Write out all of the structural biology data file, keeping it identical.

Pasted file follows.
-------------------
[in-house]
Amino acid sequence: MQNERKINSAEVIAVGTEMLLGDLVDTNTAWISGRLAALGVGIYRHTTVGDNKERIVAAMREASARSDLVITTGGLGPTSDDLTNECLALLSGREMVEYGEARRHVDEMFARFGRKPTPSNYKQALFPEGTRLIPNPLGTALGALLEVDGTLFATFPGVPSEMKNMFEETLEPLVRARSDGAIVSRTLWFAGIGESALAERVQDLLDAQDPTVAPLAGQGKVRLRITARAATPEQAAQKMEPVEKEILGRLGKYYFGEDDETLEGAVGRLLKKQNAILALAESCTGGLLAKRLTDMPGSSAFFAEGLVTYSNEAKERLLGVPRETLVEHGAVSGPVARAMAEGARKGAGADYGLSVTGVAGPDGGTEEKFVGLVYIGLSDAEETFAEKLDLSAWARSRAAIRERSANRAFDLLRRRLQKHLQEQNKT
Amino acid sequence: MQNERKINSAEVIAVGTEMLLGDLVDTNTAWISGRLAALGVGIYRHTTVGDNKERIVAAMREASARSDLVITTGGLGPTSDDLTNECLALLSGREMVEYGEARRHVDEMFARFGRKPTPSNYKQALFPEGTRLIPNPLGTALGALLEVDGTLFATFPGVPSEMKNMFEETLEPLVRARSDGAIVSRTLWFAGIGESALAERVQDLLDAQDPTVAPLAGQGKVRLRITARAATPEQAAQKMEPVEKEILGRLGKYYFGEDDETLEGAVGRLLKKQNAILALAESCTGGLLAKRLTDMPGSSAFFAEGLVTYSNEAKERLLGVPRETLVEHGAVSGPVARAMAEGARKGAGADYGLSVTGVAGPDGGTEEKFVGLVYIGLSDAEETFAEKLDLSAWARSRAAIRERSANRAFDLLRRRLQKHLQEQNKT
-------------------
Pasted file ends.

[in-house]
Amino acid sequence: MQNERKINSAEVIAVGTEMLLGDLVDTNTAWISGRLAALGVGIYRHTTVGDNKERIVAAMREASARSDLVITTGGLGPTSDDLTNECLALLSGREMVEYGEARRHVDEMFARFGRKPTPSNYKQALFPEGTRLIPNPLGTALGALLEVDGTLFATFPGVPSEMKNMFEETLEPLVRARSDGAIVSRTLWFAGIGESALAERVQDLLDAQDPTVAPLAGQGKVRLRITARAATPEQAAQKMEPVEKEILGRLGKYYFGEDDETLEGAVGRLLKKQNAILALAESCTGGLLAKRLTDMPGSSAFFAEGLVTYSNEAKERLLGVPRETLVEHGAVSGPVARAMAEGARKGAGADYGLSVTGVAGPDGGTEEKFVGLVYIGLSDAEETFAEKLDLSAWARSRAAIRERSANRAFDLLRRRLQKHLQEQNKT
Amino acid sequence: MQNERKINSAEVIAVGTEMLLGDLVDTNTAWISGRLAALGVGIYRHTTVGDNKERIVAAMREASARSDLVITTGGLGPTSDDLTNECLALLSGREMVEYGEARRHVDEMFARFGRKPTPSNYKQALFPEGTRLIPNPLGTALGALLEVDGTLFATFPGVPSEMKNMFEETLEPLVRARSDGAIVSRTLWFAGIGESALAERVQDLLDAQDPTVAPLAGQGKVRLRITARAATPEQAAQKMEPVEKEILGRLGKYYFGEDDETLEGAVGRLLKKQNAILALAESCTGGLLAKRLTDMPGSSAFFAEGLVTYSNEAKERLLGVPRETLVEHGAVSGPVARAMAEGARKGAGADYGLSVTGVAGPDGGTEEKFVGLVYIGLSDAEETFAEKLDLSAWARSRAAIRERSANRAFDLLRRRLQKHLQEQNKT